Addressing a crowd full of SXSW Interactive tech festival attendees, President Barack Obama made a full-throated pitch for increased civic engagement in the tech sector and condemned what he called “the absolutist view” of encryption by privacy activists.
The president’s remarks were part of an opening keynote conversation held onstage at the Long Center for the Performing Arts in Austin, Texas. His interviewer, Texas Tribune CEO and Editor in Chief Evan Smith, pressed him on how to spur civic interest within the tech sector, as well as on the ongoing national conversation over government access to encrypted consumer information. Their conversation additionally touched on the botched HealthCare.gov launch and ways to reduce inefficiencies in government through technology.
“We’re spending a lot of time figuring out how can we make government work better through tech, digital platforms and so forth,” the president told Smith. “We’ve reduced the FAFSA [college financial aid] form process … by about two-thirds, by digitalizing it, putting it online, making it a little more commonsense.
“[It’s] now possible to apply for Social Security online in ways that couldn’t be done before. Across agencies, we’re interacting every day with our government, and the question is: How do we make that work better?”
Obama’s SXSW talk comes at perhaps the tensest moment ever for the government-tech industry relationship. Apple’s fight with the FBI over assisting law enforcement to gain access to encrypted user data on an iPhone used by one of the San Bernardino shooters has deepened the privacy and cyber security rift between Silicon Valley and government.
On Thursday, the Justice Department and Apple traded dueling documents that accused each other of deceiving the public and misrepresenting each other’s stated positions. Most tech companies — including heavyweights like Microsoft, Google and Amazon — have taken Apple’s side, and many of those same firms have swarmed SXSW with swanky parties and hefty marketing budgets. The president said that he was not going to comment on the specifics of the Apple-FBI dispute, but he took time to specifically address the encryption debate.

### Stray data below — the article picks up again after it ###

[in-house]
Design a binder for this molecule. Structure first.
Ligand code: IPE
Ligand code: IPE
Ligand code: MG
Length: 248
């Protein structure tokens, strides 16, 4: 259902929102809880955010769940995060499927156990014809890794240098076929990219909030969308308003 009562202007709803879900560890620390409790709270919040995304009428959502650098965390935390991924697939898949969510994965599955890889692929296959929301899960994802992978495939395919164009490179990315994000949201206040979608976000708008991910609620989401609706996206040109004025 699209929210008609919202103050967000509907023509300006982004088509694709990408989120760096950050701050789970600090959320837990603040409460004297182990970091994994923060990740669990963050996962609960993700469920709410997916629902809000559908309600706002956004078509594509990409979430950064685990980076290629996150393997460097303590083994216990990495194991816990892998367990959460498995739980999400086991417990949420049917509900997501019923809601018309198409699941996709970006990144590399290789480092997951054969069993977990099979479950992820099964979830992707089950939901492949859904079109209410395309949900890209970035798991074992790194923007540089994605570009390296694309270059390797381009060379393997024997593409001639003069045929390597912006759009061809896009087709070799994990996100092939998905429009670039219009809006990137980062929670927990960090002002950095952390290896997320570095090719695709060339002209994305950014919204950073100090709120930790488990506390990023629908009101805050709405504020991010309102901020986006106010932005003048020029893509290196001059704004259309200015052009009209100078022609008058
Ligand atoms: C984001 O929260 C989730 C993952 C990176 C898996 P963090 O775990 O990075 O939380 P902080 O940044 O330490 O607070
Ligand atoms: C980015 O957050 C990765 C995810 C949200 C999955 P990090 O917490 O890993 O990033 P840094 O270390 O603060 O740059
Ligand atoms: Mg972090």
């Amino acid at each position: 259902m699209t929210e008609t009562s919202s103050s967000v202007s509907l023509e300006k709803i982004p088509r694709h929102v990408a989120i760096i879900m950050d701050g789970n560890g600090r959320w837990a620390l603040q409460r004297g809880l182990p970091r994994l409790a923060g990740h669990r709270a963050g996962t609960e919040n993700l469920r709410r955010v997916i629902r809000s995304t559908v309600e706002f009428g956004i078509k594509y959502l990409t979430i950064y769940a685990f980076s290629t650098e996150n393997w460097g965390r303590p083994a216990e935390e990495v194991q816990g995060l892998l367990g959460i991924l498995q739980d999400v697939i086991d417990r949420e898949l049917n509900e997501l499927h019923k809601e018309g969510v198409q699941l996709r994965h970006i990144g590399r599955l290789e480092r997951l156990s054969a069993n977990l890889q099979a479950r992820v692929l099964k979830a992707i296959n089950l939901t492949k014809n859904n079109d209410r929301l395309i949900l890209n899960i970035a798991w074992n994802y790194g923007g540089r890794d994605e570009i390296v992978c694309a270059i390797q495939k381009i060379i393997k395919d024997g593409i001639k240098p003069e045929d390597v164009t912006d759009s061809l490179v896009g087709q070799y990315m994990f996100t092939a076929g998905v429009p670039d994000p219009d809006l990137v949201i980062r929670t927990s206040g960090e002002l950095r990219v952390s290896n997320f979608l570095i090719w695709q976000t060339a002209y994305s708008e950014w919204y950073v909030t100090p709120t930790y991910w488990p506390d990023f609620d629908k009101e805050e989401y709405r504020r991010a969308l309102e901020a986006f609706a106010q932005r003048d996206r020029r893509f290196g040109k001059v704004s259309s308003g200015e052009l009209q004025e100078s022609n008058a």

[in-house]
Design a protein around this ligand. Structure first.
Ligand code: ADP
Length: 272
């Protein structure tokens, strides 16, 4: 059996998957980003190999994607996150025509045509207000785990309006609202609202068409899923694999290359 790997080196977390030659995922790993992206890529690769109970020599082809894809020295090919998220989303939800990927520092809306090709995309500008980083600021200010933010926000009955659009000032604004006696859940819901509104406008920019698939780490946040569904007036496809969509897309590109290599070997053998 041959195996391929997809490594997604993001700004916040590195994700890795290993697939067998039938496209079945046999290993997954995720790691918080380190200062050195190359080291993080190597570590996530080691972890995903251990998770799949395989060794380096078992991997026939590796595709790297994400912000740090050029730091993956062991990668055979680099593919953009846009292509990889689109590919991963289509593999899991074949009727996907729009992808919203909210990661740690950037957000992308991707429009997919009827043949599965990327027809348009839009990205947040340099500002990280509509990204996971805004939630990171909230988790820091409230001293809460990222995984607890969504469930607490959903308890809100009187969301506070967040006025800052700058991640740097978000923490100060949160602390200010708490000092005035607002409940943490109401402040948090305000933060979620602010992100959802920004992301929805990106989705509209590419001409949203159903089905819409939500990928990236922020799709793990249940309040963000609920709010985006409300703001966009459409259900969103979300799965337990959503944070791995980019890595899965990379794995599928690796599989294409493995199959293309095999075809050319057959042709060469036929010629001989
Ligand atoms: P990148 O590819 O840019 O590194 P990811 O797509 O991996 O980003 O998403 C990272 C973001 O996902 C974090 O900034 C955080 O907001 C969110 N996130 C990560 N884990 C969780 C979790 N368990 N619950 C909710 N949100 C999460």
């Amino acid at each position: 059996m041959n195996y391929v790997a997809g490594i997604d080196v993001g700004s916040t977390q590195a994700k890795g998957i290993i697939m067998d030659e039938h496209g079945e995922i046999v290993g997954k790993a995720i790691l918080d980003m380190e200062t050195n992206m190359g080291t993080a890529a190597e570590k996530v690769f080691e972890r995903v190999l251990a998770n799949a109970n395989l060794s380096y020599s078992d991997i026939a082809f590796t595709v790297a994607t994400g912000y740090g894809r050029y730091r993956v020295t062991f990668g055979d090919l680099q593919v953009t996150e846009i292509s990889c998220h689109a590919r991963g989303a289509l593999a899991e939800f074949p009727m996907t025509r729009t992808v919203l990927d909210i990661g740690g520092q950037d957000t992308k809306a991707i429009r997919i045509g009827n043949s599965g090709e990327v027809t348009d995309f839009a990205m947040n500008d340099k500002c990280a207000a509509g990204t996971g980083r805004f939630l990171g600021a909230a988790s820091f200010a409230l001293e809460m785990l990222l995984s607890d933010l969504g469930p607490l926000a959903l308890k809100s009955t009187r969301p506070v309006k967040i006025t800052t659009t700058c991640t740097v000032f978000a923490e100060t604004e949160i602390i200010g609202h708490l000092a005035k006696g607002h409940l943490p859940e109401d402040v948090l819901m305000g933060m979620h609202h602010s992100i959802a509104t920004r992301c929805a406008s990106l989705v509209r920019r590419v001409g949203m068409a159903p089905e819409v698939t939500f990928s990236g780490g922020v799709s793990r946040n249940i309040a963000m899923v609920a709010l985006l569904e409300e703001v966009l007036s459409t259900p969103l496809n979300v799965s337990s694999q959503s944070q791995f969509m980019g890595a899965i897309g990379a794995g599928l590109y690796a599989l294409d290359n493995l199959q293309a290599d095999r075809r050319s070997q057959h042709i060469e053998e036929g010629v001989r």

“We have engaged the tech community aggressively, and what my conclusion is so far is that you cannot take an absolutist view on this,” he said. “If your argument is strong encryption no matter what … that, I think, does not strike the balance that we have lived with for 200, 300 years, and it’s fetishizing our phones above every other value. That can’t be the right answer.”
“And let’s face it, the whole Snowden disclosure episode elevated people’s suspicions of this,” he added a couple minutes later. “I will say, by the way, that … the Snowden issue vastly overstated the dangers to U.S. citizens in terms of spying.”
Aside from his veiled criticism of companies like Apple and other staunch advocates for consumer privacy, the President praised the private sector for the work it has done with government thus far on other issues, such as the Open eBooks Library and HealthCare.gov.
“We’ve partnered with an array of companies … private industry has really stepped up,” the president said to Smith. “One of the great tricks to all this is making sure that whatever government is doing is supplemented with and then enhanced by a private sector and non-profit sectors that are ready to step up.”
On the initially unsuccessful launch of HealthCare.gov, an online health insurance marketplace that was a part of the Affordable Care Act, the president used the opportunity to praise the savvy of Silicon Valley engineers who helped right the ship.
“We had to bring in a SWAT team of all my friends from Silicon Valley and Austin, and some of the best software engineers in the world to fix [the website],” he said. “We realized we could potentially build a SWAT team, a world-class tech office, inside of government.”
And recruiting for that SWAT team is part of why Obama chose to speak at SXSW Interactive in the first place. Within the tech community, the festival has traditionally served as a launching pad for hyped startups and a brand orgy for large companies that want some of Silicon Valley’s luster to rub off on their own businesses. For Obama, it was an opportunity to pitch a room full of industry insiders on why they should bring their talents to Washington and the civic sector in general.
Obama concluded his talk by making a pitch directly to the crowd.
“In 10 months, I will not have this office,” he said. “But it’s not like I stopped caring about the things I care about right now, and it’s not like i’m going to stop being involved … and I expect you to step up and get involved, because your country needs you.”
This article originally appeared on Recode.net.